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Severance: Storiesby Robert Olen Butler
Synopses & Reviews
The human head is believed to remain in a state of consciousness for one and one-half minutes after decapitation. In a heightened state of emotion, people speak at the rate of 160 words per minute. Inspired by the intersection of these two seemingly unrelated concepts, Pulitzer Prize-winning author Robert Olen Butler wrote sixty-two stories, each exactly 240 words in length, capturing the flow of thoughts and feelings that go through a person's mind after their head has been severed. The characters are both real and imagined — Medusa (beheaded by Perseus, 2000 BC), Anne Boleyn (beheaded at the behest of Henry VIII, 1536), a chicken (beheaded for Sunday dinner, Alabama, 1958), and the author (decapitated, on the job, 2008).
Told with the intensity of a poet and the wit of a great storyteller, these final thoughts illuminate and crystallize more about the characters' own lives and the worlds they inhabit than many writers manage to convey in full-length biographies or novels. The stories, which have appeared in literary magazines across the country, are a delightful and intriguing creative feat from one of today's most inventive writers.
"Lively writing and a catchy conceit make this collection from the author of the Pulitzer Prize-winning A Good Scent from a Strange Mountain a thought-provoking, if morbid, read. Sixty-two entries, each in the voice of a beheaded historical, mythical, animal or modern figure, make up the collection. Each is exactly 240 words, Butler's estimate of the number of words that could be spoken by a decapitated head before oxygen runs out. Among the post-mortem monologues Butler imagines are John the Baptist, Medusa, Cicero, a chicken, Nicole Brown Simpson, Maximilien Robespierre, Valeria Messalina and himself, 'decapitated on the job' in 2008. Though clever in arrangement (Butler convincingly constructs the mind of a dragon, then puts his killer, St. George, on the next page) and complex in its considerations (religious faith is an ongoing theme, from the apostle Matthew's recollection of conversion to a Yemeni executioner's discovery that 'the mercy of God seeks sinful love before righteous hatred'), the collection's darting attentions and fractured narratives may frustrate readers. Several entries take a light tone, but what lingers is an unsettling sense of the absurdity — and prevalence — of violence. (Sept.)" Publishers Weekly (Copyright Reed Business Information, Inc.)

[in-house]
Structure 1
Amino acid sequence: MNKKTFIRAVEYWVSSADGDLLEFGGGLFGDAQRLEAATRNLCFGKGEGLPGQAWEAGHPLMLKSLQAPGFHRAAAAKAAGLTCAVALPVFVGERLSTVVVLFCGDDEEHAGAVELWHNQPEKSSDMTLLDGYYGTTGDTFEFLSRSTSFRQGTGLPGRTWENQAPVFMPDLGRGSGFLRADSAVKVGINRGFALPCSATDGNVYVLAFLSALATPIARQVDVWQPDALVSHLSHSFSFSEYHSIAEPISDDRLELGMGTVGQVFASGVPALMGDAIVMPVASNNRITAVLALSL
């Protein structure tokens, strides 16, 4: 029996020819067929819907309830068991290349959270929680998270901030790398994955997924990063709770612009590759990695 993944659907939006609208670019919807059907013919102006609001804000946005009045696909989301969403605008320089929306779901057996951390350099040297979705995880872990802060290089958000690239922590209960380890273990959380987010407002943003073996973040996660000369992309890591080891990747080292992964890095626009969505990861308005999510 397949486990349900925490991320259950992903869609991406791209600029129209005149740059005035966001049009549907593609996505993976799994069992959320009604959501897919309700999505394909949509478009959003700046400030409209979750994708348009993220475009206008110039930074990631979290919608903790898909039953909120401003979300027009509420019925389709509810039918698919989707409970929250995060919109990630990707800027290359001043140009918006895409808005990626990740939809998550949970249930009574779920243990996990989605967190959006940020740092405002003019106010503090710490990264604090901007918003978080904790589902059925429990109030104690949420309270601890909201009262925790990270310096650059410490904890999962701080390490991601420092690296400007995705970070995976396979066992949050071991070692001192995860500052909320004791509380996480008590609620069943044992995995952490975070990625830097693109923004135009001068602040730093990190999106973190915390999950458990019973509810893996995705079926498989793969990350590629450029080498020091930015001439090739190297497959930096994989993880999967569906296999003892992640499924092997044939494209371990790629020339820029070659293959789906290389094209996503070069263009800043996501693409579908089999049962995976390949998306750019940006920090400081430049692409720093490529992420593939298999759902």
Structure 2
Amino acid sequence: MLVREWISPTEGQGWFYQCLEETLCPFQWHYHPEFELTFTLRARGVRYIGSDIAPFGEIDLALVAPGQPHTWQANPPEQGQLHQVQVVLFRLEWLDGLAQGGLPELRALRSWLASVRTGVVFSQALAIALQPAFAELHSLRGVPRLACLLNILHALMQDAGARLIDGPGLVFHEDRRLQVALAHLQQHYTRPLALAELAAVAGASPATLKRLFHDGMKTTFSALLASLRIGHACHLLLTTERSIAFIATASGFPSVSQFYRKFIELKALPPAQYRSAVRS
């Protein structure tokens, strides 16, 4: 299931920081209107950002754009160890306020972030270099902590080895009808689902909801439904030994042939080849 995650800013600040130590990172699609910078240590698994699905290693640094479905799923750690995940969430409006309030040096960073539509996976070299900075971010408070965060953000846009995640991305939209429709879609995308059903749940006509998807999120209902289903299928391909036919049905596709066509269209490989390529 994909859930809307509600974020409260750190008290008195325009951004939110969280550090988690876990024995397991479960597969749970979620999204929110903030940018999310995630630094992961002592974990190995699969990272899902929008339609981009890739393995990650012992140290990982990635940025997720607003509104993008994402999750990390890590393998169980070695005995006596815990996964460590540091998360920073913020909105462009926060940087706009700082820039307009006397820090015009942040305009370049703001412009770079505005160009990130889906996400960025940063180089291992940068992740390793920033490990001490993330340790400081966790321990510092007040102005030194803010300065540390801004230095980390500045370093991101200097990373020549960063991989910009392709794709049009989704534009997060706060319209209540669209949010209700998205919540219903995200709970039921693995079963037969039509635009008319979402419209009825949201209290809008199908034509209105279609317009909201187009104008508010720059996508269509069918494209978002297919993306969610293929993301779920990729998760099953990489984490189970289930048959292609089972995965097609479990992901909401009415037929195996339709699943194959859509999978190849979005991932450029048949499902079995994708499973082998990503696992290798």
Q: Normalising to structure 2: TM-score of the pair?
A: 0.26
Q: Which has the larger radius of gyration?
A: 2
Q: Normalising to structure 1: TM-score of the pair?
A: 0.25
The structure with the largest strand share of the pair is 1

"Humorous and beguiling, these stories eloquently capture the ways in which our most mundane thoughts spill out of us the moment we lose our heads." Library Journal
"Extremely well-executed (so to speak)." Kirkus Reviews
"Butler's singular perspective on human bloodshed and the power of the mind make Severance not only unique but also unforgettable." Booklist
"At his best, the heavy erotic overtones of the stories infuse with fresh energy what might otherwise be tired commentary on the close working relationship that sex enjoys with death." Minneapolis Star Tribune
"An eloquent wordsmith, [Butler] knows how to mix wit with profound themes. But in Severance, combining whimsy with the deadly horror of decapitation just doesn't cut it." Cleveland Plain Dealer
"Severance is by turns thought-provoking, darkly humorous and touching." St. Petersburg Times
"If any doubt remained that Robert Olen Butler has the ability to construct winning fiction out of any damned thing he pleases, this volume of brief stories should allay it once and for all....
"Glorious, pure poetry." Los Angeles Times
"[W]ith Severance, Butler has one-upped himself....But despite Butler's efforts to give each figure a distinct voice, when the stories are read in quick succession they begin, if you will, to bleed into one another. They are best read separately, with some space between." New York Times
About the Author
Robert Olen Butler, recipient of the Pulitzer Prize for his short-story collection A Good Scent from a Strange Mountain, is the author of many acclaimed works of fiction. His short stories have appeared in the New Yorker, Esquire, the Atlantic Monthly, and many other magazines. He lives and teaches in Tallahassee, Florida.
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